There are two main types of aircraft vibrations: normal and abnormal. Normal vibrations regularly occur when an airplane is in flight and during takeoff and landing. These oscillating or reciprocating motions do not indicate potential defects with the aircraft or its engines and can be explained by routine operations such as flying through turbulence or extending or retracting the landing gear. With abnormal vibrations, a mechanical defect or condition is to blame. If this is not corrected, further damage and even catastrophic failure may occur.
What are the causes of aircraft vibrations?
The causes of aircraft vibrations include:
- engine imbalances
- malfunctioning mechanical systems
- airflow disturbances over aircraft surfaces that have excessive movement or wear
- faulty components such as a cracked intake hose, a buckling spinner, or a failing cylinder
- gearbox problems and alternator issues
No matter what their cause, these types of aircraft vibrations can weaken mechanical structures and cause systems such as engines to work inefficiently.
What are the symptoms of the different types of aircraft vibrations?
Although some vibrations aboard an aircraft are normal, excessive vibrations are extreme and can be hard-to-miss. For example, pilots may report instrumentation failure at random intervals or inaccurate compass readings. Ground crews may notice fatigue cracks that are growing or damage to panels and other structures that vibrate excessively. In extreme cases, a pilot may report numbness in the arms or legs. These aren’t the only symptoms of problems, but the types of aircraft vibrations that are hard to detect are of special concern for aviation maintenance and repair organizations (AvMROs).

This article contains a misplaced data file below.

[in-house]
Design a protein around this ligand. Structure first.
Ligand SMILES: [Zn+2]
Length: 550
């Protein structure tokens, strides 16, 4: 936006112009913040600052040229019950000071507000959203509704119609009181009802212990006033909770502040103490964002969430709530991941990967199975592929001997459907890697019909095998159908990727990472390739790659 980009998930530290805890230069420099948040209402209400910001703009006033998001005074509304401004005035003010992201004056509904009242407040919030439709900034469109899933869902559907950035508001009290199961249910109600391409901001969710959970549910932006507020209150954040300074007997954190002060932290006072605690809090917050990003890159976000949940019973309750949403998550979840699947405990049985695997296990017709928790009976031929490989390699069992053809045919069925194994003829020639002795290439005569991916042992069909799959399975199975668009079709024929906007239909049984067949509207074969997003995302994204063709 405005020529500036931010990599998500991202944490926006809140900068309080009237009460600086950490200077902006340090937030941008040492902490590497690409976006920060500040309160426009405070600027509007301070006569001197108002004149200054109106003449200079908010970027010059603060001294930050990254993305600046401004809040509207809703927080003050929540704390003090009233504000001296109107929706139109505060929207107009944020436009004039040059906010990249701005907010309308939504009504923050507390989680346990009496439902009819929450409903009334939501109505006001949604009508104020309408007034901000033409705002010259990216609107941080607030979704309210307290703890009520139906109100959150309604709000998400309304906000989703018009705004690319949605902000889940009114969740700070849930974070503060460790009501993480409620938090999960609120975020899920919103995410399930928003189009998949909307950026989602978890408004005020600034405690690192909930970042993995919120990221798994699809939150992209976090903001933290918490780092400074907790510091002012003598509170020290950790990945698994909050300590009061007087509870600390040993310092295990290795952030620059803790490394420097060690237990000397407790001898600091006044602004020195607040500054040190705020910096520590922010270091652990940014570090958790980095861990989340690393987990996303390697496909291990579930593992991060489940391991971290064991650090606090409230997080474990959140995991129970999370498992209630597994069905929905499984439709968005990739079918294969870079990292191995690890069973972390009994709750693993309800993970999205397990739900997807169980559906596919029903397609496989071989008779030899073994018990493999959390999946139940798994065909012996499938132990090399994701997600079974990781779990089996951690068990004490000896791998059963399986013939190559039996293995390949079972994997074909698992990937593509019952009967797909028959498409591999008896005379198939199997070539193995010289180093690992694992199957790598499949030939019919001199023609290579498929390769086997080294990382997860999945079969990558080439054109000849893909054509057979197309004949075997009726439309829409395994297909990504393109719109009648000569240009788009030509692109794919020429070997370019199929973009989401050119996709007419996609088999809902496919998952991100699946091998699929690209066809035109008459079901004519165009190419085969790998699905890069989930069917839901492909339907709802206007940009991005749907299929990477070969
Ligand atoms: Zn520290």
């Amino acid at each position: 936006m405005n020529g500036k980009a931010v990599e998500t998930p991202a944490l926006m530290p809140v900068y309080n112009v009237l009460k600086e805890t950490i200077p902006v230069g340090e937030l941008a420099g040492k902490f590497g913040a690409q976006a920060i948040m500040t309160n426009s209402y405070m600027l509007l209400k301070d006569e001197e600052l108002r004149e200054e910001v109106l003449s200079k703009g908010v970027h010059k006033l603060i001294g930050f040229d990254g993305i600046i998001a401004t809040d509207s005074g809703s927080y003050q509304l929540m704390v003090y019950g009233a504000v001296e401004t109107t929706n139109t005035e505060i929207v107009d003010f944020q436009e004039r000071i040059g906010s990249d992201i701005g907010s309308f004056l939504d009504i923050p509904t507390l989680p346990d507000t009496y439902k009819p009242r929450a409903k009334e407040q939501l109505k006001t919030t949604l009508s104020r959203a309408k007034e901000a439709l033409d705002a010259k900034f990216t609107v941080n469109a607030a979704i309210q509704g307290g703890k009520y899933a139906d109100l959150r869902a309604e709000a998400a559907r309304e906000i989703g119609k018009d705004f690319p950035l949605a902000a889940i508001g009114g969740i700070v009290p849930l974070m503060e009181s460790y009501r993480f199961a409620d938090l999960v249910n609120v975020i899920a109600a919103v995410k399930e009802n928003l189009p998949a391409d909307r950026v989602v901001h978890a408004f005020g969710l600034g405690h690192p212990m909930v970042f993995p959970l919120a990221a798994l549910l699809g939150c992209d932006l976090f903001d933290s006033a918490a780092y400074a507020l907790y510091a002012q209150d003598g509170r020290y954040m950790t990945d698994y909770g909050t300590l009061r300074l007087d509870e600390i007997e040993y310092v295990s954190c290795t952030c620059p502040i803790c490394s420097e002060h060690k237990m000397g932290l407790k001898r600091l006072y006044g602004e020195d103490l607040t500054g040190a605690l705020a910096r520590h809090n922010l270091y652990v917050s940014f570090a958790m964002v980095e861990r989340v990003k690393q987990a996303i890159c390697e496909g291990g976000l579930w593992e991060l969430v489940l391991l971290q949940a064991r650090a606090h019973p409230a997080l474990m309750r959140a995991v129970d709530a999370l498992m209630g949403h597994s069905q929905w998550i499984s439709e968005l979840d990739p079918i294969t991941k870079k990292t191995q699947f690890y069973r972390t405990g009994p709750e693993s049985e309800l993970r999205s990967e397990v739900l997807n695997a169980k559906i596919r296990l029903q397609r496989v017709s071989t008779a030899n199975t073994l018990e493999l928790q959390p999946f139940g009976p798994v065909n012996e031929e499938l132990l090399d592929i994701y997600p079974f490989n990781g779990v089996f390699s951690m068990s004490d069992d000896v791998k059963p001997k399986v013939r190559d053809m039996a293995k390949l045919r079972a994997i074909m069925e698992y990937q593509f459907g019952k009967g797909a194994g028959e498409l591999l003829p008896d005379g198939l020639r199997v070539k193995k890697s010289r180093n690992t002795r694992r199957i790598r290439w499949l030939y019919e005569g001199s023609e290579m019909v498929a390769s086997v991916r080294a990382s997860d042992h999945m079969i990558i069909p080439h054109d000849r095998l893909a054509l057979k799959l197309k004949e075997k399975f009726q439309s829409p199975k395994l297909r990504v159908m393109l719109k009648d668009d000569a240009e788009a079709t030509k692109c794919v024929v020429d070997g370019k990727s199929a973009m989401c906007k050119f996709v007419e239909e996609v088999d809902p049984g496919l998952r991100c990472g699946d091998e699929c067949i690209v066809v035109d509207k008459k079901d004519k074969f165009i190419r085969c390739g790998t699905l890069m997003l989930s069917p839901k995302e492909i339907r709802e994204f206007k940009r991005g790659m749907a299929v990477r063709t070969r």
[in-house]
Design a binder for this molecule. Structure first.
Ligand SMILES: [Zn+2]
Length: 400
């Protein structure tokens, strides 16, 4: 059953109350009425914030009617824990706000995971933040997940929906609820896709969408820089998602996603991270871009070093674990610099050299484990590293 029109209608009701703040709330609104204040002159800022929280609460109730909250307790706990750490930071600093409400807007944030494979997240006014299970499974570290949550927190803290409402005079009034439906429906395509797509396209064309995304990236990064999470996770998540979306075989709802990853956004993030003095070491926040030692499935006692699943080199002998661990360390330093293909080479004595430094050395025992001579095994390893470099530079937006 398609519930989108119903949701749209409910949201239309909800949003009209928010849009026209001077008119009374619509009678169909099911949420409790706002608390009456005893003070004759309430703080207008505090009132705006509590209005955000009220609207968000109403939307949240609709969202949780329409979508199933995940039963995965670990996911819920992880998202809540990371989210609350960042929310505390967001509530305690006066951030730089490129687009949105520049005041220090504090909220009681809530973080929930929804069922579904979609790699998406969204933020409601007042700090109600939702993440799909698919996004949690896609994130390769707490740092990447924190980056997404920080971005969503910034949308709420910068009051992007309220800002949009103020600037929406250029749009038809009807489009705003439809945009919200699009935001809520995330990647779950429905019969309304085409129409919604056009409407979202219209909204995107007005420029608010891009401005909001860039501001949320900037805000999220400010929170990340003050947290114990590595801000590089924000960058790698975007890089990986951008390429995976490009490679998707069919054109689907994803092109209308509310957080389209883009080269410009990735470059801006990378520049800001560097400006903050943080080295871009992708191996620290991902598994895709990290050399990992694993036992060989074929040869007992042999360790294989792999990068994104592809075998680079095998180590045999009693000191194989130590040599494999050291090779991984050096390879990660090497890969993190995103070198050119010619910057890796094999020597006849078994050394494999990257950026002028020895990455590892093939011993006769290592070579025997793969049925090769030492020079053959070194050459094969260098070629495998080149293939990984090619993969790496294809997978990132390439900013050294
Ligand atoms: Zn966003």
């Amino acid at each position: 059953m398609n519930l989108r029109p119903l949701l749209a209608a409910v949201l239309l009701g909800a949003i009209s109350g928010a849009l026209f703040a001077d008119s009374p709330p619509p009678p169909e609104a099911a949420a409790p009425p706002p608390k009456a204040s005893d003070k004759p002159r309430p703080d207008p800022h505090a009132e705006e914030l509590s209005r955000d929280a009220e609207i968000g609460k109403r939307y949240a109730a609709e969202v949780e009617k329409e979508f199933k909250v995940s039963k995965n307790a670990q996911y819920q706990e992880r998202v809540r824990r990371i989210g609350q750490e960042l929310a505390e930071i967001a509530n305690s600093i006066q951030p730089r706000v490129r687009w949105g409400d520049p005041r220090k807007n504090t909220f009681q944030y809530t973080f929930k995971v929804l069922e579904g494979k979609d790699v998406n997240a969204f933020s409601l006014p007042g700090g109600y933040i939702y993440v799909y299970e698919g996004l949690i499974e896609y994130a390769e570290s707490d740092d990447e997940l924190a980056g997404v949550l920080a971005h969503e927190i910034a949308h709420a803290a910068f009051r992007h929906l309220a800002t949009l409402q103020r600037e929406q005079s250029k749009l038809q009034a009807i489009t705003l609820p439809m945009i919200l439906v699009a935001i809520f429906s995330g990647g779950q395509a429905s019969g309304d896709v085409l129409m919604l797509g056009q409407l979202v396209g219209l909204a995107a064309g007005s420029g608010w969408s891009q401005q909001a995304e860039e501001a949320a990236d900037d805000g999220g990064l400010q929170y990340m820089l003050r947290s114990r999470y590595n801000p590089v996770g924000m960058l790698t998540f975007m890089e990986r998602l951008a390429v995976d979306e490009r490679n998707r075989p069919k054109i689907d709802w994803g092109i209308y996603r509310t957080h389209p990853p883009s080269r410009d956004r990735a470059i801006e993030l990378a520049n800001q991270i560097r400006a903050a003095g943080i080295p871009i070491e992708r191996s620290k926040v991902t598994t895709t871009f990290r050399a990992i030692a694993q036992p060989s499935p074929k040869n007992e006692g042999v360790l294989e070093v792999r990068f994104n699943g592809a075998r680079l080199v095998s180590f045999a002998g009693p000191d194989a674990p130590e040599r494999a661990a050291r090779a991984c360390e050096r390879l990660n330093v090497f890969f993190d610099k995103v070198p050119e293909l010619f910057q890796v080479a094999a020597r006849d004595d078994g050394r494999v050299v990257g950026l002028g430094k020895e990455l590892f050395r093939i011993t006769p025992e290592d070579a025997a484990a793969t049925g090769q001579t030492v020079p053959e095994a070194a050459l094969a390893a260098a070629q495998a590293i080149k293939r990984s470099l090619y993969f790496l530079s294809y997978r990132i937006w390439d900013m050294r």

How do flight crews and AvMROs detect vibration-related problems?
Flight crews and passengers typically detect vibration-related problems through sight, sound, or feel. When an airplane is in flight, however, noise that can be heard at the back of the aircraft may not be audible in the cabin. In addition, the source of vibration-induced noise that travels through the airframe can be hard to pinpoint. That’s why ground crews use instrumentation rather than relying exclusively on their physical senses. If an engine is out-of-balance, listening for different sounds isn’t the best approach.
How do portable instruments detect the causes of aircraft vibrations?
For engine vibrations, MTI Instruments PBS-4100+ portable engine balancing system can perform a vibration analysis and support a trend monitoring program. By starting with the speed of the engine’s rotors and reading a vibration spectrum, a technician can determine if many of the different peaks fall at a harmonic speed of the main speed. During troubleshooting, this makes it significantly easier to determine the cause of vibration spikes.
To learn how to measure engine vibrations with the PBS-4100+, watch this video.